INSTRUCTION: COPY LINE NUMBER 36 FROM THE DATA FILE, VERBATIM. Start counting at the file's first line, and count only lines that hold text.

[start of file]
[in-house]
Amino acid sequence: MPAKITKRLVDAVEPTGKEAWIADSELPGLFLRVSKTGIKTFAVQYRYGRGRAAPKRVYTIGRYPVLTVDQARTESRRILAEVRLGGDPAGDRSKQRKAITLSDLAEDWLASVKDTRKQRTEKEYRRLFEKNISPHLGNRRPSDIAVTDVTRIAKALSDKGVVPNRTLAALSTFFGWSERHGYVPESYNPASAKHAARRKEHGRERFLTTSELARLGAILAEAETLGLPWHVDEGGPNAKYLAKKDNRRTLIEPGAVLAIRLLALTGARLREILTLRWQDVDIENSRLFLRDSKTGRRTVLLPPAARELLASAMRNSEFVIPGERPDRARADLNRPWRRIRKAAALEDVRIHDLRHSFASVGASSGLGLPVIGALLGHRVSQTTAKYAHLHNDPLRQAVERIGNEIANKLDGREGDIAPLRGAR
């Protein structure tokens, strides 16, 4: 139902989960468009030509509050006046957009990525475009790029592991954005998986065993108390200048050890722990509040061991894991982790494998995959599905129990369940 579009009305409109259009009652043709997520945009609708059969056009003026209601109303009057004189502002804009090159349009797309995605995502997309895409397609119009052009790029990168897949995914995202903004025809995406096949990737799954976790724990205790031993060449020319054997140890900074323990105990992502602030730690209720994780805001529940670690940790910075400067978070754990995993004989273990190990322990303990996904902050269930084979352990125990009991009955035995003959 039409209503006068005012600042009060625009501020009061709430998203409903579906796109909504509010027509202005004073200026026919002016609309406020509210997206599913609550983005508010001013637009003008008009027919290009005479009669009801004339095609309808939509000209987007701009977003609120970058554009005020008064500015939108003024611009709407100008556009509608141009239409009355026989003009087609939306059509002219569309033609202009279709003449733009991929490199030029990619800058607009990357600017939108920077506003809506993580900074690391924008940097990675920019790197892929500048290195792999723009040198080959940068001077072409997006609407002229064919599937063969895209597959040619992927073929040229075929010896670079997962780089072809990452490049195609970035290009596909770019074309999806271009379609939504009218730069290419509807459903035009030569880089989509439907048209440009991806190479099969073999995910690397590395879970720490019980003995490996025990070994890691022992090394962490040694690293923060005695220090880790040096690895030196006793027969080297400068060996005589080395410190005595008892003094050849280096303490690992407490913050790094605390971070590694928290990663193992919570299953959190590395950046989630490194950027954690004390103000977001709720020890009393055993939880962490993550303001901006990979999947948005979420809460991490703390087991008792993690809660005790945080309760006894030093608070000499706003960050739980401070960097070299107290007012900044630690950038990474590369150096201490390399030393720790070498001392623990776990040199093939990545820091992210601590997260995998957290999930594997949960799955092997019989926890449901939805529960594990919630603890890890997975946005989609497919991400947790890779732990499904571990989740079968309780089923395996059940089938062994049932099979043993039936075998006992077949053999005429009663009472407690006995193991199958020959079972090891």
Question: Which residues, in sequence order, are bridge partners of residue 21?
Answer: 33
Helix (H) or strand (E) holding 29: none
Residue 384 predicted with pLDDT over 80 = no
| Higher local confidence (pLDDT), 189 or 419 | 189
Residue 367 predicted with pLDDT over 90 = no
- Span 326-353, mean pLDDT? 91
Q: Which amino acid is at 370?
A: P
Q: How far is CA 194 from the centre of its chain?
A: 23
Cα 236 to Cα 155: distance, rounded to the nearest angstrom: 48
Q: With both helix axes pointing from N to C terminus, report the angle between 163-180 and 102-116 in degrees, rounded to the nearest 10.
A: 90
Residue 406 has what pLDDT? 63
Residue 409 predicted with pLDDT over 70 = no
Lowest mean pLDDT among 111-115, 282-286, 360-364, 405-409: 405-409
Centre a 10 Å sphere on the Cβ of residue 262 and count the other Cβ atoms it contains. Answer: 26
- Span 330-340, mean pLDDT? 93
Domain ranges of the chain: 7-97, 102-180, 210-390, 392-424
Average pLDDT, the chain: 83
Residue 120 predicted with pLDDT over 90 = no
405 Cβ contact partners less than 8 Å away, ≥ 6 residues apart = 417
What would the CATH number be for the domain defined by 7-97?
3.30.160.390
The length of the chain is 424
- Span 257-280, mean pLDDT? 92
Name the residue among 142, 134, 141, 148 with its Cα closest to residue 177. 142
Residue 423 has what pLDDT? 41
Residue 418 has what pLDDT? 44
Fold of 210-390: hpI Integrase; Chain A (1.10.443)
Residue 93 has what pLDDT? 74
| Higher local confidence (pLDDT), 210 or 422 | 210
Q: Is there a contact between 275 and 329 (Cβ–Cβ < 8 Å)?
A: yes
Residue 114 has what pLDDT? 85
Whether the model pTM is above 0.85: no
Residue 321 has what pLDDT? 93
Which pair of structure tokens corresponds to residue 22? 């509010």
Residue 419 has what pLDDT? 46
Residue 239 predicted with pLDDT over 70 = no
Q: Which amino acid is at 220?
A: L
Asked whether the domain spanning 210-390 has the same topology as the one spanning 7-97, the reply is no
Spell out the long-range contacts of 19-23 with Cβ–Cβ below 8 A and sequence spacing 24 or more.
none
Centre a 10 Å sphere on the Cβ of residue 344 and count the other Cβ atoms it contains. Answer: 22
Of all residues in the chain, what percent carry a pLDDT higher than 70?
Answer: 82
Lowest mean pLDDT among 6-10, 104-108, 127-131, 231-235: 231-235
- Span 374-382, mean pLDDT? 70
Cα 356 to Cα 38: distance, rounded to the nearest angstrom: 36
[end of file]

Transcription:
| Higher local confidence (pLDDT), 210 or 422 | 210